This is a fantastic and rare opportunity to acquire one of these historic cars. The balance and proportions of styling are remarkable, and in combination with the beautiful detailing, have made the SS100 a highly sought-after blue-chip collectible that has enjoyed remarkable appreciation in recent years. Their performance makes them very usable today, and also contributed to their competition pedigree. With a little over 300 examples built, and considerably fewer surviving today, these cars are incredibly rare, and perhaps no other car represents better the quintessential British sports car. Consequently, they will always be in high demand, and will thus make very sound (as well as enjoyable) investments. This particular car’s stunning and award-winning restoration is holding up beautifully, and the car is ready to be driven or casually shown.

Vehicle Information

VIN #: 16969   Stock #: 16969
Condition: Used
Transmission: 4 Spd Manual
Drivetrain: Rear Wheel Drive
Exterior Color: Red
s/n 18031 engine no. 250864
Price: $349,500.00
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1967 Jaguar Bertone Pirana – $350,000.00

1967 Jaguar Bertone Pirana

1967 Jaguar Bertone Pirana, 16011 Miles, 4 Speed Manual Transmission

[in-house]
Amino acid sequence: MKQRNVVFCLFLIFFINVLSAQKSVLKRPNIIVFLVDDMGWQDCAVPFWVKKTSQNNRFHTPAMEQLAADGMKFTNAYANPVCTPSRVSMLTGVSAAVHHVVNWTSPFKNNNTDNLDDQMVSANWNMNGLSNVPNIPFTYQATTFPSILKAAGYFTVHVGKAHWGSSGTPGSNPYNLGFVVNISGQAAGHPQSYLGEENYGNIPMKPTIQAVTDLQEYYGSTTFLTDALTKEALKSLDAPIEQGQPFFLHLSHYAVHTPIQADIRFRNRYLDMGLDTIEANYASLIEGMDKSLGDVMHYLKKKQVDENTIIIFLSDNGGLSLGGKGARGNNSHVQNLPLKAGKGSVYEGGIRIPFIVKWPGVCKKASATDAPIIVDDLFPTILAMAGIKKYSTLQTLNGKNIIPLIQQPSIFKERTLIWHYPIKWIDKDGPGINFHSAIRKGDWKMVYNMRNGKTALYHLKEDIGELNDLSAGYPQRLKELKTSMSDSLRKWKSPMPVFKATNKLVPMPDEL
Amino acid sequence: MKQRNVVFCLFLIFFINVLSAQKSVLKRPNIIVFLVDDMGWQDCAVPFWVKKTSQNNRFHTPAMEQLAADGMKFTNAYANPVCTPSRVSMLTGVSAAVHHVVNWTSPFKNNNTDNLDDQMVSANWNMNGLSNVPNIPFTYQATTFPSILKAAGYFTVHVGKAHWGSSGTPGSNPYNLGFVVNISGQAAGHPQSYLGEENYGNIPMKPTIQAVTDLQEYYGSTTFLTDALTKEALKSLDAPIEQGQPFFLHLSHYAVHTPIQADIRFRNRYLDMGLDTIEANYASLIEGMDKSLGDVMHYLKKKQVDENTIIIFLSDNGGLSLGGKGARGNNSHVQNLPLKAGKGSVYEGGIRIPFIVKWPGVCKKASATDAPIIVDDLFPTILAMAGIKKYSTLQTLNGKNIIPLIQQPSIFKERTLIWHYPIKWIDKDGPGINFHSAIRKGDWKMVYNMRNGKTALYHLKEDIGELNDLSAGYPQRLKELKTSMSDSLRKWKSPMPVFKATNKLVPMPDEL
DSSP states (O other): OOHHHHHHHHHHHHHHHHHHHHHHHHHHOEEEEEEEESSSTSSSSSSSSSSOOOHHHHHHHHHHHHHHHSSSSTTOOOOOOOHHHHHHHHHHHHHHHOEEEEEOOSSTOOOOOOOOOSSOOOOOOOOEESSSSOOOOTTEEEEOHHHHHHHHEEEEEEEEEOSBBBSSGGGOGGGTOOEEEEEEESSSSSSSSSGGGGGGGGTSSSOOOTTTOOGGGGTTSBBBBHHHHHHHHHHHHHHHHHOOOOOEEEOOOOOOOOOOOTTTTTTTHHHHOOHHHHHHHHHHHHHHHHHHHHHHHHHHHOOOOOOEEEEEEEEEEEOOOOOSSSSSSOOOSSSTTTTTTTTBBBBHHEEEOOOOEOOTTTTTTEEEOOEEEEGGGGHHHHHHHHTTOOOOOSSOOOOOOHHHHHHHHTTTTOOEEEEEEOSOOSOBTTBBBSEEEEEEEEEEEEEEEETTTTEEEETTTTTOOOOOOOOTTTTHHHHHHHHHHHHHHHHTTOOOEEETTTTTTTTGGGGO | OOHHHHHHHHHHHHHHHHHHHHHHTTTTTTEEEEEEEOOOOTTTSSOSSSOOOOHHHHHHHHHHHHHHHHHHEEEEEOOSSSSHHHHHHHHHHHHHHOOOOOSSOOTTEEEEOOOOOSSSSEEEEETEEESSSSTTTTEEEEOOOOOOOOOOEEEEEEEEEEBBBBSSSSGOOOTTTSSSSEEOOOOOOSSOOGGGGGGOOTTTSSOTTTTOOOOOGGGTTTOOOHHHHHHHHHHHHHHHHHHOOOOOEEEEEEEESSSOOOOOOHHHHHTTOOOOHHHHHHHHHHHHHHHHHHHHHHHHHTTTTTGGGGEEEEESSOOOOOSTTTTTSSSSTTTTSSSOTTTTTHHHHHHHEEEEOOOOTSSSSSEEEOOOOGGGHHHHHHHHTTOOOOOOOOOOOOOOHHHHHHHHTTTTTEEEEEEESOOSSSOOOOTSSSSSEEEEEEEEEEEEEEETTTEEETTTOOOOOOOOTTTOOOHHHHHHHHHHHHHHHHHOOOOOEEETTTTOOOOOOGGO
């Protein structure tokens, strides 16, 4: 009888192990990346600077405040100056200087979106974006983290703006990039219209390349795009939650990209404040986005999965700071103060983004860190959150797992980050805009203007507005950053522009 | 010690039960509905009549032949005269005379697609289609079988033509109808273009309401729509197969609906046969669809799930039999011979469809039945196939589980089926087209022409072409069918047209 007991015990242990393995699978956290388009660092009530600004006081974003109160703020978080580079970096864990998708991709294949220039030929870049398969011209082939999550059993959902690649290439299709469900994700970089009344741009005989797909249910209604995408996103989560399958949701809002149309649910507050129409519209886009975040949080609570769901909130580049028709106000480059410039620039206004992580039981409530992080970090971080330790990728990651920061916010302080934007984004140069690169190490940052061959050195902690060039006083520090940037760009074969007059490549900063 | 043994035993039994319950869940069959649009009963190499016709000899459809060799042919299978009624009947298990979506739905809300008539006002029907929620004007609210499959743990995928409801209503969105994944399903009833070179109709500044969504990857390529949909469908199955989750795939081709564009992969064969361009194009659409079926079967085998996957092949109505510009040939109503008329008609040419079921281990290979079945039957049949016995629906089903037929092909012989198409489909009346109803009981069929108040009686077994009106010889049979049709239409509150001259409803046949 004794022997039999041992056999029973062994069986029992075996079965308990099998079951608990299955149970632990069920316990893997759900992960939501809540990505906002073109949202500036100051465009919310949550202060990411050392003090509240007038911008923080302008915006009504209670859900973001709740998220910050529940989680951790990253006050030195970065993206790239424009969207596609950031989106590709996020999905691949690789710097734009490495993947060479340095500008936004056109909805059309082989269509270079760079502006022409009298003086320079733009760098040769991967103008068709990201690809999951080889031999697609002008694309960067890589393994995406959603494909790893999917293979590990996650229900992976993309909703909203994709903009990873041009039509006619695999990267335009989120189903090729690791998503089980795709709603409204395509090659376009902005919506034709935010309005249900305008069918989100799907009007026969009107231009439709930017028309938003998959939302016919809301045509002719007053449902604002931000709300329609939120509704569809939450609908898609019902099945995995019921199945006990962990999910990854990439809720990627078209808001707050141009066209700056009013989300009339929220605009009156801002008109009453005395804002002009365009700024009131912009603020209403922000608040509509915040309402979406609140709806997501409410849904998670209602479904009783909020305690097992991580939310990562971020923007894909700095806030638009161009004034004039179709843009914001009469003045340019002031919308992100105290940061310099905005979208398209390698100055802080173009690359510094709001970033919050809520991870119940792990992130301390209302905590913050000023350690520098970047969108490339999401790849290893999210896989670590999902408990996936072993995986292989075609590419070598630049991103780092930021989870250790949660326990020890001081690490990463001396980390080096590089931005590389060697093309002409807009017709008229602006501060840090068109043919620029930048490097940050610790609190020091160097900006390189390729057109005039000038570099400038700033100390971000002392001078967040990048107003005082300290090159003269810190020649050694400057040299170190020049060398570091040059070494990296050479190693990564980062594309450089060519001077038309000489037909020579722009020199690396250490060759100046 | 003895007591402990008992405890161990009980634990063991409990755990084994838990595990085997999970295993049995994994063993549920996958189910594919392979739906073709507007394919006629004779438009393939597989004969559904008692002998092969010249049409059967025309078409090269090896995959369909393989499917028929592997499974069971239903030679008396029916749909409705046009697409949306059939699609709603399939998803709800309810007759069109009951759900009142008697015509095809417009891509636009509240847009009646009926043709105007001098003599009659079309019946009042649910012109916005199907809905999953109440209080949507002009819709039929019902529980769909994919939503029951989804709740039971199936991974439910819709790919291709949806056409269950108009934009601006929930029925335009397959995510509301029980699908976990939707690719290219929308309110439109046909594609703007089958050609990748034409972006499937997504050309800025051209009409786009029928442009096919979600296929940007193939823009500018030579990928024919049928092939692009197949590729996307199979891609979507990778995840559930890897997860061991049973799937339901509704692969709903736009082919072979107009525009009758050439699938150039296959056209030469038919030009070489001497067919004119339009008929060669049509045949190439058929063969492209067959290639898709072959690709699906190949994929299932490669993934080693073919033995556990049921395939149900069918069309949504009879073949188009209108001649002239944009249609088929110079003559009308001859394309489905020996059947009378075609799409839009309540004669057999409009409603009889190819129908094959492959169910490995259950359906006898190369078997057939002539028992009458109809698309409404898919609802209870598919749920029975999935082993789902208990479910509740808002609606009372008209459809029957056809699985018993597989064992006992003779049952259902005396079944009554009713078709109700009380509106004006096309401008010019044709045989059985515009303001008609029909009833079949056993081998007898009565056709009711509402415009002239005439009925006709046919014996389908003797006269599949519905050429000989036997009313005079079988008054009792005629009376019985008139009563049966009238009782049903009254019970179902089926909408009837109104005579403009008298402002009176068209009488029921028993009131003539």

Seller: oneelevencars.com

Palm Springs, California

It was never intended that the Bertone Jaguar Pirana would make it to production, it being manufactured exclusively as a concept for display at the 1967 Earls Court Motor Show.

Then again, it was not simply a hollow shell incapable of being driven. Indeed the Bertone Pirana was a fully operational concept, based on the chassis of a 4.2 litre E-Type Jaguar.

The idea for the car came about amoung a group of motoring journalists who, in March of that year, decided to experiment with the development of a car that would represent the attainable, unlike the offerings from Lamborghini, Aston Martin, Ferrari, Maserati and Iso, their prices ensuring they were the play-things of only the rich and famous.

John Anstey came up with the idea, stipulating that the car should be built from components already in production and available to the public, and that all the latest aids to safety, comfort and performance should be built into it.

By the third week in April the basic design had crystallized, Sir William Lyons agreeing to sell the Telegraph a 2-plus-2 E-Type Chassis. Then, after a record minimum of letters (two each way), Nuccia Bertone agreed to design and build the coachwork, promising to complete the job in time for the London (18th to 28th October) and Turin (1st to 12th November) motor shows.

The result was the Bertone Pirana, a fastback two-seater with abbreviated Doktor Kamm tail and an overall length of just over 15 feet (making it slightly shorter than the E-Type 2-plus-2, which was 15 feet 4.3 inches long). To extend the effective track wide based rims and tyres (Dunlop cross-ply racing) were used, the cars overall width being 5 feet 6 inches (as compared to the E-Types 5 ft. 5.3 in.).